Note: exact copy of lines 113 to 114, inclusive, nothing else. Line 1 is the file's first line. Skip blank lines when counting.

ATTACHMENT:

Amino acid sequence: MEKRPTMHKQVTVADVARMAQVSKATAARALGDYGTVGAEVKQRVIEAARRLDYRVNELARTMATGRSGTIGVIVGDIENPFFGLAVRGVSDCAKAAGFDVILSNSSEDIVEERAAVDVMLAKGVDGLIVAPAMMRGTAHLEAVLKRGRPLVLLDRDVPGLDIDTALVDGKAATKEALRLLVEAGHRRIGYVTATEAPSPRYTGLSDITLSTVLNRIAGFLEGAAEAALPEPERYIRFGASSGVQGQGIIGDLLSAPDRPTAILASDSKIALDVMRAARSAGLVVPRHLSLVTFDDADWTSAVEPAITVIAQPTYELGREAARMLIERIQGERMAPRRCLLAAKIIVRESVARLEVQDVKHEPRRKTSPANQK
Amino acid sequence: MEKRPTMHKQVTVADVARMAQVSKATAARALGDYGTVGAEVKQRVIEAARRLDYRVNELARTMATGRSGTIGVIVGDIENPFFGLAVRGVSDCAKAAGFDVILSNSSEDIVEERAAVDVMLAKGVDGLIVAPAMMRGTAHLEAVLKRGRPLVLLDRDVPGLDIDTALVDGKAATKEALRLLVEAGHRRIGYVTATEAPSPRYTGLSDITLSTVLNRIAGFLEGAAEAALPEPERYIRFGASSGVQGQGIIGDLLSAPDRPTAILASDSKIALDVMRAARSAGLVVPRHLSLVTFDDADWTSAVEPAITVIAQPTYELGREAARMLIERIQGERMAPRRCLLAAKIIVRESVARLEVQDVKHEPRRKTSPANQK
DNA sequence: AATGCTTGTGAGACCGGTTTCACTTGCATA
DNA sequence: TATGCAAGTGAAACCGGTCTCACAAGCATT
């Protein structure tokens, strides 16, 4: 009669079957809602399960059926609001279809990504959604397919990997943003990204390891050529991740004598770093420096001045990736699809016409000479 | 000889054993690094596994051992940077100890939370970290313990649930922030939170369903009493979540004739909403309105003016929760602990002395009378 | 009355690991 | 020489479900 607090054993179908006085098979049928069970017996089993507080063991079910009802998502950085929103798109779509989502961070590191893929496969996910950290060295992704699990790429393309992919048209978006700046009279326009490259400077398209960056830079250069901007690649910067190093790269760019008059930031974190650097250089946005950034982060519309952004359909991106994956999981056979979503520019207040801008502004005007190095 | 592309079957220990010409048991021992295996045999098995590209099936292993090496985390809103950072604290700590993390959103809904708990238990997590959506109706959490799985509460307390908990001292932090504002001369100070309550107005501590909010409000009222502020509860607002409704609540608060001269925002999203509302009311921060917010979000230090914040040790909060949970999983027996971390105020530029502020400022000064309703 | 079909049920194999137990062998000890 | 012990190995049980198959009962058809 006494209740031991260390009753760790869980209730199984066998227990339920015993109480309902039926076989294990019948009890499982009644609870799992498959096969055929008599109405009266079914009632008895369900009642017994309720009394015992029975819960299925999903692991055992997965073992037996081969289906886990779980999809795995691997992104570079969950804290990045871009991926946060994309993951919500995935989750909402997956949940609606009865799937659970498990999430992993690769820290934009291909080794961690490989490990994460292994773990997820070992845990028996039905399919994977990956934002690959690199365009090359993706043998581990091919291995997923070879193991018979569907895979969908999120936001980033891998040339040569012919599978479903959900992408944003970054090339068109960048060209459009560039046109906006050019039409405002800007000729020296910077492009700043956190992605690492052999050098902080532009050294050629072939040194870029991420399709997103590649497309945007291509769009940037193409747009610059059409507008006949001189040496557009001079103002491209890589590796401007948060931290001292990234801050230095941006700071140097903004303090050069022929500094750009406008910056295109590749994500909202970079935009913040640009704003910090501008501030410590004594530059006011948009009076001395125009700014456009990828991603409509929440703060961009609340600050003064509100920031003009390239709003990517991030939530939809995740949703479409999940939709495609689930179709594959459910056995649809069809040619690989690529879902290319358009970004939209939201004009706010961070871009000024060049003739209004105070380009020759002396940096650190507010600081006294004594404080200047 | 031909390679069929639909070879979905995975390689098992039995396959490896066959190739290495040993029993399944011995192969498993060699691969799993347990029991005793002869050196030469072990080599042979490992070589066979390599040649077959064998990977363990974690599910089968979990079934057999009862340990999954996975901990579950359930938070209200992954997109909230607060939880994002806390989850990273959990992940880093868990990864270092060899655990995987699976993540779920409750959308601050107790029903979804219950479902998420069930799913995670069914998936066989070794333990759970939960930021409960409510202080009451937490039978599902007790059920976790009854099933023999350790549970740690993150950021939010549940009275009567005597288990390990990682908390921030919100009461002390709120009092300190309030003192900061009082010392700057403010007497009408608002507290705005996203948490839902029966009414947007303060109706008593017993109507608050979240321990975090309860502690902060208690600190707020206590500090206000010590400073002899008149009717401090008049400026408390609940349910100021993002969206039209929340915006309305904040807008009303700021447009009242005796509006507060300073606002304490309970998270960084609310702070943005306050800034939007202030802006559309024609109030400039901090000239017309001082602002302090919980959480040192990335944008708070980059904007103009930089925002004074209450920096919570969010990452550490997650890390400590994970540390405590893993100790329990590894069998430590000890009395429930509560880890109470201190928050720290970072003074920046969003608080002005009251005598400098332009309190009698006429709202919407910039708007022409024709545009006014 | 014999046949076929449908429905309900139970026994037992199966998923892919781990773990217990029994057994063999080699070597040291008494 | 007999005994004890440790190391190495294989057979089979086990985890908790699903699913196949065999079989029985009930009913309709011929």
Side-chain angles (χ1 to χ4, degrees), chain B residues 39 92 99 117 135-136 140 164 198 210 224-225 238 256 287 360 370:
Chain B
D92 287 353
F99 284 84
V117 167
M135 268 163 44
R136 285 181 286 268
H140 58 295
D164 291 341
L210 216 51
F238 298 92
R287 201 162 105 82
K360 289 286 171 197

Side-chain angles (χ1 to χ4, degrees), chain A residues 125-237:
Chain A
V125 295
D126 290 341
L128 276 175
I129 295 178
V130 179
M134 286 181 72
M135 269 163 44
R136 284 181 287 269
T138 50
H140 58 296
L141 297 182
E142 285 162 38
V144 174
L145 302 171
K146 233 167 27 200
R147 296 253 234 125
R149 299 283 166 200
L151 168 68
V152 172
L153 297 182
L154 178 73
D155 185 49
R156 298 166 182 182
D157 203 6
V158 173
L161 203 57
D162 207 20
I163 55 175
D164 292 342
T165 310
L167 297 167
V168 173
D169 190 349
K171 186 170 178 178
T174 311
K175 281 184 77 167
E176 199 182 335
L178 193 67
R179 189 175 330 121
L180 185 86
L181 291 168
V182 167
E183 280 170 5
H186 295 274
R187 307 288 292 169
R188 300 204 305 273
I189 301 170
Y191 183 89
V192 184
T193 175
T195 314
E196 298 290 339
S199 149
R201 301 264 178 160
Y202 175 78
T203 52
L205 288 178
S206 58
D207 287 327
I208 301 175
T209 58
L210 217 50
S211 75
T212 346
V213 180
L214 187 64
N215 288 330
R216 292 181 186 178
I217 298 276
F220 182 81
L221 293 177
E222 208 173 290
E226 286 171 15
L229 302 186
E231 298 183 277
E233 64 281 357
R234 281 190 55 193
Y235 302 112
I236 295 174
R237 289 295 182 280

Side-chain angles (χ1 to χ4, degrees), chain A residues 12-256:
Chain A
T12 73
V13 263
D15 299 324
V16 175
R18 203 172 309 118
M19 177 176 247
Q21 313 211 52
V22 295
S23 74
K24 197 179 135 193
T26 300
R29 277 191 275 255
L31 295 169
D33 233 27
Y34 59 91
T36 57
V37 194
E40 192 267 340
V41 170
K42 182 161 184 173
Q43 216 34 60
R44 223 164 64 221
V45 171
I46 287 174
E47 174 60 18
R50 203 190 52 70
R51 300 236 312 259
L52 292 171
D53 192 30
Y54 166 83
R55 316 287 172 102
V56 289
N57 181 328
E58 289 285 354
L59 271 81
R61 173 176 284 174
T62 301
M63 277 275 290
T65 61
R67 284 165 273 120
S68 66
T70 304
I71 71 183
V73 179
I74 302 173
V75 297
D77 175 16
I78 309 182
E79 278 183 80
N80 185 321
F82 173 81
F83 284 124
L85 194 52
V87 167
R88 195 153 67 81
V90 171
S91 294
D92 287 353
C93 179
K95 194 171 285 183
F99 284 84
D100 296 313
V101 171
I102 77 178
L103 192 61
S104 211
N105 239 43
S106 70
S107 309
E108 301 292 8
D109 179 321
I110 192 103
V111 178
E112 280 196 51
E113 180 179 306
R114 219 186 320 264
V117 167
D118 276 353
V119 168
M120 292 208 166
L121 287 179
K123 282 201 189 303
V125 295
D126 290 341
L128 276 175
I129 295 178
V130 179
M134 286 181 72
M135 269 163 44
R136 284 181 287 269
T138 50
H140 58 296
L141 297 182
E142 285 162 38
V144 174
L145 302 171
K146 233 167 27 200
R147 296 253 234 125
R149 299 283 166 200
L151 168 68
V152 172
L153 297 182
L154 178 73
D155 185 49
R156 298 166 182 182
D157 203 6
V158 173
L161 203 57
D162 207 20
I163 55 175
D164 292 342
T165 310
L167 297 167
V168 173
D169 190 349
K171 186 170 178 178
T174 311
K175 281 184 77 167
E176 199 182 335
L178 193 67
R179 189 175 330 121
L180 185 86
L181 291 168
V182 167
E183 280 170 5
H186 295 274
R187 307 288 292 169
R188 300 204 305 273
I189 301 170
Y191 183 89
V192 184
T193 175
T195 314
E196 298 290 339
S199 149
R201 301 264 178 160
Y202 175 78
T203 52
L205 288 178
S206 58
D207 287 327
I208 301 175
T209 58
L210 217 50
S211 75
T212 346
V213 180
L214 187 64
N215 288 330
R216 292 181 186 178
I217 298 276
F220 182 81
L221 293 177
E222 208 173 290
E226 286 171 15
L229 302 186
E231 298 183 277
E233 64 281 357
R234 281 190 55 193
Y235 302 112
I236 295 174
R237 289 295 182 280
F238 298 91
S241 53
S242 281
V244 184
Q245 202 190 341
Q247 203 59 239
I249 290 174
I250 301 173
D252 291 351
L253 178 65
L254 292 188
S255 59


T26 300
R29 277 191 275 255